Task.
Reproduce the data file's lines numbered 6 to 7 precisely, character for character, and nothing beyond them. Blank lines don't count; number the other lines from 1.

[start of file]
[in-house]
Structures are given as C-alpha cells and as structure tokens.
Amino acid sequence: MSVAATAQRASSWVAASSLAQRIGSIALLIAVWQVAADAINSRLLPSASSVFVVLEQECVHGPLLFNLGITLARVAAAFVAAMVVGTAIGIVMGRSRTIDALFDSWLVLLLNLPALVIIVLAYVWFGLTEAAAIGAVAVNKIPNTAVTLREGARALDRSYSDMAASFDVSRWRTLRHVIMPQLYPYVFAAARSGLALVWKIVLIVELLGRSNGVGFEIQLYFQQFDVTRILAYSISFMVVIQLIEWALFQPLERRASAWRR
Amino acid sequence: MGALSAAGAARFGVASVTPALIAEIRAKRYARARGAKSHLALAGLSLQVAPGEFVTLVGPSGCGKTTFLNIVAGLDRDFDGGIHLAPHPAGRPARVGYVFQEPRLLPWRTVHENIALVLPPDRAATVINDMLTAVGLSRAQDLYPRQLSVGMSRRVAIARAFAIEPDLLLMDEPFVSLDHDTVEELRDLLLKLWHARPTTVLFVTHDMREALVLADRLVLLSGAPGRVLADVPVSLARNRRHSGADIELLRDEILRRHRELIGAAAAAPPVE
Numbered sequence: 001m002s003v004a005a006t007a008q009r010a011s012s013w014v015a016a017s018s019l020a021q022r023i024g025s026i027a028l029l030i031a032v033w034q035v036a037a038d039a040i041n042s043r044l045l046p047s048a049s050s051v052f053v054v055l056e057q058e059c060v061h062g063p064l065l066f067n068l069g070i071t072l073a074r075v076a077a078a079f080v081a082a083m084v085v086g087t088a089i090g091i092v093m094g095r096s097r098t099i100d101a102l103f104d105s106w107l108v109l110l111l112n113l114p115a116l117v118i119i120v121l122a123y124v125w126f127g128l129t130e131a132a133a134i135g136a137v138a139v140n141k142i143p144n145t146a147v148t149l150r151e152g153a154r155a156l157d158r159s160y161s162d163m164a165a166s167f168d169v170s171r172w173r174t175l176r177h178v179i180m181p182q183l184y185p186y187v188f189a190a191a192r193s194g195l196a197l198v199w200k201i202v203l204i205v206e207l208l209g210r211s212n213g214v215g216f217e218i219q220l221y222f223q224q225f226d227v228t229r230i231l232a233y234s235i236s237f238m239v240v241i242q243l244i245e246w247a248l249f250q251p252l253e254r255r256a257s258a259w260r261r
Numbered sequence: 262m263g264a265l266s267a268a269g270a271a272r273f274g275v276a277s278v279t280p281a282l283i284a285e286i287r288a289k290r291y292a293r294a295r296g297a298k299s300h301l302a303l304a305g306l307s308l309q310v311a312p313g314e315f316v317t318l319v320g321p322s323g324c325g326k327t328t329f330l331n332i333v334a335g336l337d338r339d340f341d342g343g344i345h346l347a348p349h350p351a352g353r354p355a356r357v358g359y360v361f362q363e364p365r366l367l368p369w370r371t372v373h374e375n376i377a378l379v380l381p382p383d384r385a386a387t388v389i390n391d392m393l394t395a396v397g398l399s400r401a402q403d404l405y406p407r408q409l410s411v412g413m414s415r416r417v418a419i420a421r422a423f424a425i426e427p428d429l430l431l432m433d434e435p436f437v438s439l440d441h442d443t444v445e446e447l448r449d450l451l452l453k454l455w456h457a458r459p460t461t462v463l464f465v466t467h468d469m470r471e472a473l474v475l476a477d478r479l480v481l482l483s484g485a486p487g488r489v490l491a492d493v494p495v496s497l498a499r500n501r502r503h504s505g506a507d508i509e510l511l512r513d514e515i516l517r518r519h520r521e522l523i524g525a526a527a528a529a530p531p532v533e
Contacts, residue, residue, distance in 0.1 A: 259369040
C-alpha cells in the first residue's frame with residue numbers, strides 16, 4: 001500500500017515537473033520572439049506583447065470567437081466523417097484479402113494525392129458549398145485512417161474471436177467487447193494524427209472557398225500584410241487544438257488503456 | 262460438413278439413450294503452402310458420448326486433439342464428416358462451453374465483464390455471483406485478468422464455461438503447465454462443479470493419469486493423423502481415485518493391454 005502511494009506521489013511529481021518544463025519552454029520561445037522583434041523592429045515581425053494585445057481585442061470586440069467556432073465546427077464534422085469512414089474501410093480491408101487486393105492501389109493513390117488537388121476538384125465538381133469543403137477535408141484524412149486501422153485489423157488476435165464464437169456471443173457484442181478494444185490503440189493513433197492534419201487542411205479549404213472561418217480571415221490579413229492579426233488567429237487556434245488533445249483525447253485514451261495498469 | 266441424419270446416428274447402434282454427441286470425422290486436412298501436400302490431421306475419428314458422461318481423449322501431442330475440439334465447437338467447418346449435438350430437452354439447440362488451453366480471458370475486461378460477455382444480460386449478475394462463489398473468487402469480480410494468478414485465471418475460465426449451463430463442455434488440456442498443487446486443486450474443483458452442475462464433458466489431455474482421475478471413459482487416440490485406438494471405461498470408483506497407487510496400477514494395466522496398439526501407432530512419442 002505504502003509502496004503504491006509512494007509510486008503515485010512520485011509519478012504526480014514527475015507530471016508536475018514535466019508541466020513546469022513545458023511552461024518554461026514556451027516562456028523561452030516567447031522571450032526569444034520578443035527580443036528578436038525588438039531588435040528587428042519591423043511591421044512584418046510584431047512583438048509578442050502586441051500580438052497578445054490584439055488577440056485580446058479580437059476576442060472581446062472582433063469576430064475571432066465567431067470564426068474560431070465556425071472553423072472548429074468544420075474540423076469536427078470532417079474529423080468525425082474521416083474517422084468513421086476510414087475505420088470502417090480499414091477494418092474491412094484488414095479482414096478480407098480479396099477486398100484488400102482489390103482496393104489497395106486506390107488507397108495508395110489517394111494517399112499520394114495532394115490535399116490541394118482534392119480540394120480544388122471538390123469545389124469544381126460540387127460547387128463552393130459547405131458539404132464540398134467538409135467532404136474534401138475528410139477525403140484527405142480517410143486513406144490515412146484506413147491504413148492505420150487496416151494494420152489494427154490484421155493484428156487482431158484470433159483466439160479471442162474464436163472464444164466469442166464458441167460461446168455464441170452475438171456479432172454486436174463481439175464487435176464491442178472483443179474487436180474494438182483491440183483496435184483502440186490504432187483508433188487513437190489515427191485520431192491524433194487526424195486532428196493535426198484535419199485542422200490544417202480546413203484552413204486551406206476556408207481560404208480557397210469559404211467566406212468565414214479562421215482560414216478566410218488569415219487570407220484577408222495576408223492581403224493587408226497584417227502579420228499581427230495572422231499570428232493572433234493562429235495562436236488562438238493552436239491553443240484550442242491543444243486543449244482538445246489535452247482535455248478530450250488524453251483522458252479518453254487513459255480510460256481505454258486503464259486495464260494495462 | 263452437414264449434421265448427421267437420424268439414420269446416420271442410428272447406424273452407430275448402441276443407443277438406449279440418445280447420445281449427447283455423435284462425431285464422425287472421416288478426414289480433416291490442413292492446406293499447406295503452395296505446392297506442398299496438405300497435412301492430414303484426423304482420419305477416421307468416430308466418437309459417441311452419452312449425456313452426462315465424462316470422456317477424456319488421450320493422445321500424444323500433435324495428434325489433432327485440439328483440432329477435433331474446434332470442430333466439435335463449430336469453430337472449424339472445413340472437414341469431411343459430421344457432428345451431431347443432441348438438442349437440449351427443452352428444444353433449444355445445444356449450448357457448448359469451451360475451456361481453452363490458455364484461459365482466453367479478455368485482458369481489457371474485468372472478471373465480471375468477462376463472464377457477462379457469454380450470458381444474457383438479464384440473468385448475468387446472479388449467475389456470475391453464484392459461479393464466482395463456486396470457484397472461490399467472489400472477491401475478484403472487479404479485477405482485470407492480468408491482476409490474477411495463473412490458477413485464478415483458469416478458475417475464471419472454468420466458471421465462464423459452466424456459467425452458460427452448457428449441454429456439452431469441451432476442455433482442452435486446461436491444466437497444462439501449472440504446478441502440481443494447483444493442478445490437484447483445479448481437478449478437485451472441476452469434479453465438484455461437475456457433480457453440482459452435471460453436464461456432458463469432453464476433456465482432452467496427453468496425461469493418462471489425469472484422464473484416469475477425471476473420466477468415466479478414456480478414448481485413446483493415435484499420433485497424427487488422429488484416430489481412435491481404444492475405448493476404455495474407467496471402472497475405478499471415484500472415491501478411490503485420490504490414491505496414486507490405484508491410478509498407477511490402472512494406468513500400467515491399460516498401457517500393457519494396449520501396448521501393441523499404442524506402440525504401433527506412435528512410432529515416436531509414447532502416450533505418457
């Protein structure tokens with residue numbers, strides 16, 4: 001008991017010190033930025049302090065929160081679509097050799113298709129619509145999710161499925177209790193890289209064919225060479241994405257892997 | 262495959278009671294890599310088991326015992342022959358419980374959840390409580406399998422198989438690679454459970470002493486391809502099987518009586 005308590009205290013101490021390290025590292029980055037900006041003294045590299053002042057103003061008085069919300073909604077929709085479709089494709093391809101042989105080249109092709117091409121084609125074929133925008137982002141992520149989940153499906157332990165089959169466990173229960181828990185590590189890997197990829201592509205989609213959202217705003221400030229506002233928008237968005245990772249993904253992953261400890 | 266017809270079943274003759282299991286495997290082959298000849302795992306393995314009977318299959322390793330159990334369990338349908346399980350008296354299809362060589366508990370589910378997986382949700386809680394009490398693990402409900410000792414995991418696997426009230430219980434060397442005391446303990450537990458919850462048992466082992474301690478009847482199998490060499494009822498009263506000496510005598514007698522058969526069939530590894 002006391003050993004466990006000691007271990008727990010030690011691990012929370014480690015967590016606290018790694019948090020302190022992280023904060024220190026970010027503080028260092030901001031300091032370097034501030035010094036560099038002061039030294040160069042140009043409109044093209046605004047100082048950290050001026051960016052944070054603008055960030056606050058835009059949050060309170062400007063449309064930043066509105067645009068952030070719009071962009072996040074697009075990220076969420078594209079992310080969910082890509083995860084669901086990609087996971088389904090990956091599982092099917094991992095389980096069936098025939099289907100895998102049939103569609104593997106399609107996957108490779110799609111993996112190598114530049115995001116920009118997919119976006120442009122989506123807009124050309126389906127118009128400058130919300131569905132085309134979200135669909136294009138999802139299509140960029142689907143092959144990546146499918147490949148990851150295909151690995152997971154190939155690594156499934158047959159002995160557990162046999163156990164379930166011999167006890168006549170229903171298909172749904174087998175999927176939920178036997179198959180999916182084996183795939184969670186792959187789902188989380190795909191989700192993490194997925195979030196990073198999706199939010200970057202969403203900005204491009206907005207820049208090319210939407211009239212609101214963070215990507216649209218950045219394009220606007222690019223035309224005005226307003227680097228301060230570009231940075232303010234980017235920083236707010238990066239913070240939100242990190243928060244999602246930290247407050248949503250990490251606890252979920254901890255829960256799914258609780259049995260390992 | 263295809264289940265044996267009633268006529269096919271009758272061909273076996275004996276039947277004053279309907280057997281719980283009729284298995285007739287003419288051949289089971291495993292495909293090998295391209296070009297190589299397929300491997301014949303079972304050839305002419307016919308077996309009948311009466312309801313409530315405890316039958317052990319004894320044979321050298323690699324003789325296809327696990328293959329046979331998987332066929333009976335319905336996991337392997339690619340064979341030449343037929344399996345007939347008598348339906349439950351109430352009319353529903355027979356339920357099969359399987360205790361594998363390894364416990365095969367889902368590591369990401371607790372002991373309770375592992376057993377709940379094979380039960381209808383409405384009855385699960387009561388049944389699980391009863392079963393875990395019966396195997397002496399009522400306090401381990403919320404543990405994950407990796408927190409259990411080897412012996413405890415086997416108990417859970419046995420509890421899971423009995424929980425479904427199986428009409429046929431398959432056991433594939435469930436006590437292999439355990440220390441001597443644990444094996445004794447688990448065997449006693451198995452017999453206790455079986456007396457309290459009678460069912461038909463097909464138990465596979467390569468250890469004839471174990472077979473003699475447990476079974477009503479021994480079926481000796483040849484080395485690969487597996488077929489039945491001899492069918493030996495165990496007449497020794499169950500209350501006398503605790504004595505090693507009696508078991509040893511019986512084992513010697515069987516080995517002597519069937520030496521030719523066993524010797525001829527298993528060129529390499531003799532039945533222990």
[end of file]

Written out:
Numbered sequence: 262m263g264a265l266s267a268a269g270a271a272r273f274g275v276a277s278v279t280p281a282l283i284a285e286i287r288a289k290r291y292a293r294a295r296g297a298k299s300h301l302a303l304a305g306l307s308l309q310v311a312p313g314e315f316v317t318l319v320g321p322s323g324c325g326k327t328t329f330l331n332i333v334a335g336l337d338r339d340f341d342g343g344i345h346l347a348p349h350p351a352g353r354p355a356r357v358g359y360v361f362q363e364p365r366l367l368p369w370r371t372v373h374e375n376i377a378l379v380l381p382p383d384r385a386a387t388v389i390n391d392m393l394t395a396v397g398l399s400r401a402q403d404l405y406p407r408q409l410s411v412g413m414s415r416r417v418a419i420a421r422a423f424a425i426e427p428d429l430l431l432m433d434e435p436f437v438s439l440d441h442d443t444v445e446e447l448r449d450l451l452l453k454l455w456h457a458r459p460t461t462v463l464f465v466t467h468d469m470r471e472a473l474v475l476a477d478r479l480v481l482l483s484g485a486p487g488r489v490l491a492d493v494p495v496s497l498a499r500n501r502r503h504s505g506a507d508i509e510l511l512r513d514e515i516l517r518r519h520r521e522l523i524g525a526a527a528a529a530p531p532v533e
Contacts, residue, residue, distance in 0.1 A: 259369040